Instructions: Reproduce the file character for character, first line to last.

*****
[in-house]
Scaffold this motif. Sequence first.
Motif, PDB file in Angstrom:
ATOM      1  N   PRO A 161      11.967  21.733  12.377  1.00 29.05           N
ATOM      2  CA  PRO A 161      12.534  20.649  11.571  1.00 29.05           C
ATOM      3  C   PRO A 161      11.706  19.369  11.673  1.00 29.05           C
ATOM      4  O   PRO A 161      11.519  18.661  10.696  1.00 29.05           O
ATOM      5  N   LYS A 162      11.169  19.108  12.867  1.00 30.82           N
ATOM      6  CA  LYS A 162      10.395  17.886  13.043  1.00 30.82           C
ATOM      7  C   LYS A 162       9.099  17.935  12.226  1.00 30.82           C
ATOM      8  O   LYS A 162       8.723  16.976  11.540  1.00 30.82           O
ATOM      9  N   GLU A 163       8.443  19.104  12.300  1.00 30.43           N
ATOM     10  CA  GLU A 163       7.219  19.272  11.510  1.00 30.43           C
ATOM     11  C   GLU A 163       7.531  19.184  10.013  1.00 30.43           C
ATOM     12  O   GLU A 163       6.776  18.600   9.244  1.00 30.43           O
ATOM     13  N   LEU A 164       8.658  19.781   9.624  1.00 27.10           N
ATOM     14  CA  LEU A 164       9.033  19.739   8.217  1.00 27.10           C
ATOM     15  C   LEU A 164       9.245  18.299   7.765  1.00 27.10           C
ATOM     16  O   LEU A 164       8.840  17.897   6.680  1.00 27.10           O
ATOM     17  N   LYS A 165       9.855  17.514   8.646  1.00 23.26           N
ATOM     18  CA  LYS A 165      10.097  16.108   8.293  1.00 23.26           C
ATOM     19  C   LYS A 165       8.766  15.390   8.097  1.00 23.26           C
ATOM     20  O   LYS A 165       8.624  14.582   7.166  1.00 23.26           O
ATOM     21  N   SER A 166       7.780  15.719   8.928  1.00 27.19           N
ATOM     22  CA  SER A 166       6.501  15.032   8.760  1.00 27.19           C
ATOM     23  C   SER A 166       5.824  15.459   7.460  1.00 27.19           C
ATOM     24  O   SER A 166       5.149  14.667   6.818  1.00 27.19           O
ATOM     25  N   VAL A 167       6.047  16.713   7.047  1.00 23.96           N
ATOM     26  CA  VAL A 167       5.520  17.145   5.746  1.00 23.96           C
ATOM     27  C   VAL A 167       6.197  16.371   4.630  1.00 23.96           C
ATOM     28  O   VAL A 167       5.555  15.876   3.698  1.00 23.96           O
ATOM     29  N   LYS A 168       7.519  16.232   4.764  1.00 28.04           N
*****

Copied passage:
[in-house]
Scaffold this motif. Sequence first.
Motif, PDB file in Angstrom:
ATOM      1  N   PRO A 161      11.967  21.733  12.377  1.00 29.05           N
ATOM      2  CA  PRO A 161      12.534  20.649  11.571  1.00 29.05           C
ATOM      3  C   PRO A 161      11.706  19.369  11.673  1.00 29.05           C
ATOM      4  O   PRO A 161      11.519  18.661  10.696  1.00 29.05           O
ATOM      5  N   LYS A 162      11.169  19.108  12.867  1.00 30.82           N
ATOM      6  CA  LYS A 162      10.395  17.886  13.043  1.00 30.82           C
ATOM      7  C   LYS A 162       9.099  17.935  12.226  1.00 30.82           C
ATOM      8  O   LYS A 162       8.723  16.976  11.540  1.00 30.82           O
ATOM      9  N   GLU A 163       8.443  19.104  12.300  1.00 30.43           N
ATOM     10  CA  GLU A 163       7.219  19.272  11.510  1.00 30.43           C
ATOM     11  C   GLU A 163       7.531  19.184  10.013  1.00 30.43           C
ATOM     12  O   GLU A 163       6.776  18.600   9.244  1.00 30.43           O
ATOM     13  N   LEU A 164       8.658  19.781   9.624  1.00 27.10           N
ATOM     14  CA  LEU A 164       9.033  19.739   8.217  1.00 27.10           C
ATOM     15  C   LEU A 164       9.245  18.299   7.765  1.00 27.10           C
ATOM     16  O   LEU A 164       8.840  17.897   6.680  1.00 27.10           O
ATOM     17  N   LYS A 165       9.855  17.514   8.646  1.00 23.26           N
ATOM     18  CA  LYS A 165      10.097  16.108   8.293  1.00 23.26           C
ATOM     19  C   LYS A 165       8.766  15.390   8.097  1.00 23.26           C
ATOM     20  O   LYS A 165       8.624  14.582   7.166  1.00 23.26           O
ATOM     21  N   SER A 166       7.780  15.719   8.928  1.00 27.19           N
ATOM     22  CA  SER A 166       6.501  15.032   8.760  1.00 27.19           C
ATOM     23  C   SER A 166       5.824  15.459   7.460  1.00 27.19           C
ATOM     24  O   SER A 166       5.149  14.667   6.818  1.00 27.19           O
ATOM     25  N   VAL A 167       6.047  16.713   7.047  1.00 23.96           N
ATOM     26  CA  VAL A 167       5.520  17.145   5.746  1.00 23.96           C
ATOM     27  C   VAL A 167       6.197  16.371   4.630  1.00 23.96           C
ATOM     28  O   VAL A 167       5.555  15.876   3.698  1.00 23.96           O
ATOM     29  N   LYS A 168       7.519  16.232   4.764  1.00 28.04           N